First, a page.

Soviet collective farms were inferior to American or Western European agriculture, but superior to the agriculture of Russian Empire. Generally speaking, it wasn't the weakest point of the Soviet economy. The weakest point was agricultural retailing.

If you only have the vaguest sense of a generality, with me having more particular knowledge of said generality that concerns the subject of discussion at hand, then me demonstrating this knowledge is not "moving the goalposts". Moving the goalposts is what you are doing by stating that Russian empire was often struck by famine, to then state that I am talking about "drastically disparate stretches of time" and a "very specific time set" when mentioning the years in which the only recorded famine of the time period you yourself referred to took place. This argument doesn't even work in your favour, as the technology available in the 1930's was vastly superior in productive power to that of the 1890's.

Ukraine was not a place no one cared about, it was one of the most contested regions in Europe, being fought over by the Poles, Austrians, Lithuanians, Russians, Cossacks, Tartars and Ottomans from 1400-1920. Like the soviet leadership (and pretty much any marxist), you show yourself ignorant of the actual matter of business -farming- and instead base your judgement on it on what you guess to be the likely amount of resistance to the Russian state that Ukraine having a high productive state should have caused (what "amount" and why?), its geography (odd, because the soil of Ukraine largely being made up of chernozem is what makes it so productive, and if there is one fact about Ukraine's geography that is well known, it is this) and its political conditions (What political conditions and how?). These are all things of which you are ignorant also, thereby basing your judgement of something you're ignorant about on guesses of the consequences of things you're ignorant about. I do hope that you reconsider this method of analysis in judging agricultural methods and historical events.

Russia indeed knew a Dickensian malaise (which does not constitute to famine), though this didn't mean that there was a hatred towards the czar. In Russia there is a saying tsar good, bad boyars roughly meaning that underlings are used as scapegoats, this stems from the veneration of the czar as an ethereal figure by the Russian people, with his apparent failings being blamed on evil boyars (the nobility they actually had to deal with). What broke this veneration by the rural masses was the disaster of the first world war (and also the Rasputin saga in my view) poverty they had always known and actually strengthened their orthodox faith and its veneration of the czar. Still, they weren't begging for the soviets, whom did poorly at elections and never gained mass appeal. What gave the soviets victory was them being the only ones who were truly driven when everyone else was overcome by hopeless apathy.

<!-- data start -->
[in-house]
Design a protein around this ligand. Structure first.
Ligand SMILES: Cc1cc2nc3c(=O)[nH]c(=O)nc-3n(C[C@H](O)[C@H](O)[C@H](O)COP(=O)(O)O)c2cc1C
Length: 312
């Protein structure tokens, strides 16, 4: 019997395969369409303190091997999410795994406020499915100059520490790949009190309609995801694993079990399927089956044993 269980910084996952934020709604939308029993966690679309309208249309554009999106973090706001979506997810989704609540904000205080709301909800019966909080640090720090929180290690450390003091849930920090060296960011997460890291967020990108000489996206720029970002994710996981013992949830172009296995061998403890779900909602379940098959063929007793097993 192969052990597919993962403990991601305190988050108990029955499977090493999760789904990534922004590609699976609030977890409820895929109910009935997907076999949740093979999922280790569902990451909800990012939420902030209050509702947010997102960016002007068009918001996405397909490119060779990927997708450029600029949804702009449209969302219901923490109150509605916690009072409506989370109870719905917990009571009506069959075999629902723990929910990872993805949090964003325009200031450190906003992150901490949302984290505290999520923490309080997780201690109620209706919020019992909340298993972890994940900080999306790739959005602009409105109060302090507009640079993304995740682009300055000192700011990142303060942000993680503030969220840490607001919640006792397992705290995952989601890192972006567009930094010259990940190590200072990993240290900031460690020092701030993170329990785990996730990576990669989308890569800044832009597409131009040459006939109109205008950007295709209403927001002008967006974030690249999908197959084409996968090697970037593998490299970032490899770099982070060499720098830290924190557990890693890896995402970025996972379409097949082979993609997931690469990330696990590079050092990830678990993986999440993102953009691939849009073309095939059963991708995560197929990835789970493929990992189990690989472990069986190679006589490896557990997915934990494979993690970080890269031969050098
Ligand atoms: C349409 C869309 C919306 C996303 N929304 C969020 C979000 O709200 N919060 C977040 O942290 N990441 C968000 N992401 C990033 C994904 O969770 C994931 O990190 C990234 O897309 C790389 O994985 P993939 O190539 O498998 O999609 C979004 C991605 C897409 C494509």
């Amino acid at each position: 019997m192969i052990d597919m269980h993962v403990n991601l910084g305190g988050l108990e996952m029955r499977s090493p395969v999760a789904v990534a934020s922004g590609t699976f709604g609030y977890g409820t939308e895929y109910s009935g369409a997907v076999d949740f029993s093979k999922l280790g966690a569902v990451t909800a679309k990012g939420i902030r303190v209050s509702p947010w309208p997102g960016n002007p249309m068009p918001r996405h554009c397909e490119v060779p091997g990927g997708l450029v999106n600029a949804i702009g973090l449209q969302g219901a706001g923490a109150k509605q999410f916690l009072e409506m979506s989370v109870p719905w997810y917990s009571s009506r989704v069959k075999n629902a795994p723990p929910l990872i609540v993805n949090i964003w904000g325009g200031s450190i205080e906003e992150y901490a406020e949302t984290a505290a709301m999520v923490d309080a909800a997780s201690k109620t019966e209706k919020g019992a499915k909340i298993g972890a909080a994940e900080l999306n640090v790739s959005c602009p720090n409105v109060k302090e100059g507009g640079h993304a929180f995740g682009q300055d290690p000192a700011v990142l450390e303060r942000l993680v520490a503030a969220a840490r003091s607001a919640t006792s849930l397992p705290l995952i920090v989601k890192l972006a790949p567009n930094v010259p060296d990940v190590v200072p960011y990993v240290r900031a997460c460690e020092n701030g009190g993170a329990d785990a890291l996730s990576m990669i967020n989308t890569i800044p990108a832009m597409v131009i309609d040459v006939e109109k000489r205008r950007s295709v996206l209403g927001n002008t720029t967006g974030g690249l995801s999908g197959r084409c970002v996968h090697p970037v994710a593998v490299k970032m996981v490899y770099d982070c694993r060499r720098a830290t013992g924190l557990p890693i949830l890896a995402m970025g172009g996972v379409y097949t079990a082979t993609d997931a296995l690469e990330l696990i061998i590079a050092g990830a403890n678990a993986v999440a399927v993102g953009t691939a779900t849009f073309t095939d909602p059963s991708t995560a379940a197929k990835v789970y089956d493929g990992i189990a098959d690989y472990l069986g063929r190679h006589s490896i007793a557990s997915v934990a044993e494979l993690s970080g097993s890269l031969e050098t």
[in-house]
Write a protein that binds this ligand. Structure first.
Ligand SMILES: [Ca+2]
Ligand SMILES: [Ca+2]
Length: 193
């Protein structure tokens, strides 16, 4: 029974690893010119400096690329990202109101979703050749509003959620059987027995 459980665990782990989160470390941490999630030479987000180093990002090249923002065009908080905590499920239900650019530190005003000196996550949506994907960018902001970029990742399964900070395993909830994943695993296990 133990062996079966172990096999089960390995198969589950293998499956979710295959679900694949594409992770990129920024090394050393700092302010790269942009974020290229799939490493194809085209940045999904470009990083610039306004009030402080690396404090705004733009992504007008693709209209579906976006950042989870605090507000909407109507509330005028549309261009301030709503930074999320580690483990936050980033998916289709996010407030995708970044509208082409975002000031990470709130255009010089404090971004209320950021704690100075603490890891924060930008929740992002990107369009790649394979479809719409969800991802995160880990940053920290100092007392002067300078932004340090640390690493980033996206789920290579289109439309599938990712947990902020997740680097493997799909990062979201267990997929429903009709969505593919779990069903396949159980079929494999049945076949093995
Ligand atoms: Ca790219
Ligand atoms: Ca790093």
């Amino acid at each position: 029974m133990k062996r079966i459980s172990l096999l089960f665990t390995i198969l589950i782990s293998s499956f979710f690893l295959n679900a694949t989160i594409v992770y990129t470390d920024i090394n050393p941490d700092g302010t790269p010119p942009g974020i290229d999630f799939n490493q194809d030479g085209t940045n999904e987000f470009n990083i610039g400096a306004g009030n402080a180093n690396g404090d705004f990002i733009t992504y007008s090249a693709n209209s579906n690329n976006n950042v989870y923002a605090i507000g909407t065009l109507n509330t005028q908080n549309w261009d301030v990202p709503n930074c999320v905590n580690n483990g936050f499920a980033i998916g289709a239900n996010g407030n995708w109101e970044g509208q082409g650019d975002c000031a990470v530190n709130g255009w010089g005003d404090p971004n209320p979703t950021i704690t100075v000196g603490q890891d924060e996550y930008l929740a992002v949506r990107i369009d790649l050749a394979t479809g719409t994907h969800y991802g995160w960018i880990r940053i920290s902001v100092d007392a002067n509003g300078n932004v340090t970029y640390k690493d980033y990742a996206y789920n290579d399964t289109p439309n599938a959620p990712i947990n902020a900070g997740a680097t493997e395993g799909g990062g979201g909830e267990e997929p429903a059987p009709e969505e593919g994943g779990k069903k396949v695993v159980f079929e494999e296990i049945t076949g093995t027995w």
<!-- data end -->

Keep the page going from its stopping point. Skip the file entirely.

Your sources being crap doesn't make me less interested in them, where you get all of this from and why you believe it is exactly what interests me. To study history does not only mean asking the question what happened? but also why is this what we believe to have happened?

I didn't make a comment on the quality of your knowledge, you're infusing a bit too much of yourself into the argument here. What I'm saying is my original comment was about something extremely general, to which you replied with something that was tenuously connected at best and then you continued along with a similar tactic in your follow up to that. It's like if I took part in a conversation about "cookies" in a general sense but for some reason you kept wanting to talk about mint chip cookies from Zimbabwe made in the year 1948. You can argue that they're slightly related to the original topic but the over focus on them seems strange given how broad the original subject matter is.

If evaluating the value or the perceived value of land is "people fought over it" then basically every speck of dirt on this earth is worth more than gold. I'm sure the Ukraine had unique positive properties about it and continues to but the reality at the end of the day is none of this was good enough to stop them from being subsumed into a larger empire, which by your own argumentation should have been economically and militarily weaker than the Kulaks and their magic farming.

People often scapegoat the wrong people and conversely miss-attribute goodness to leaders. A lot of Trump supporters still think he wants to drain the swamp. So it's easy to understand the sentiment you describe, but at the same time it's also a bit contrary to what I know to be the case to an extent. There was large scale disillusionment with the Czar and by extension the government he represented among the military, intellectuals and serf classes. Enough that the October revolution was hardly the first attempt to unseat the government, there were a few failed revolutions (many of them not communist related) and attempts at coups for a while before this. Enough that people around the Czar thought he was delusional for not being more paranoid than he was about the possibility of a revolution or an uprising within his own house.

Communism is supposed to be a repurposing of the existing "capitalist" infrastructure. They're not supposed to actually make improvements to workflow, merely to change ownership and I guess pay managers less and workers more.

Because it was capitalist.

No, on both an economic and philosophical level.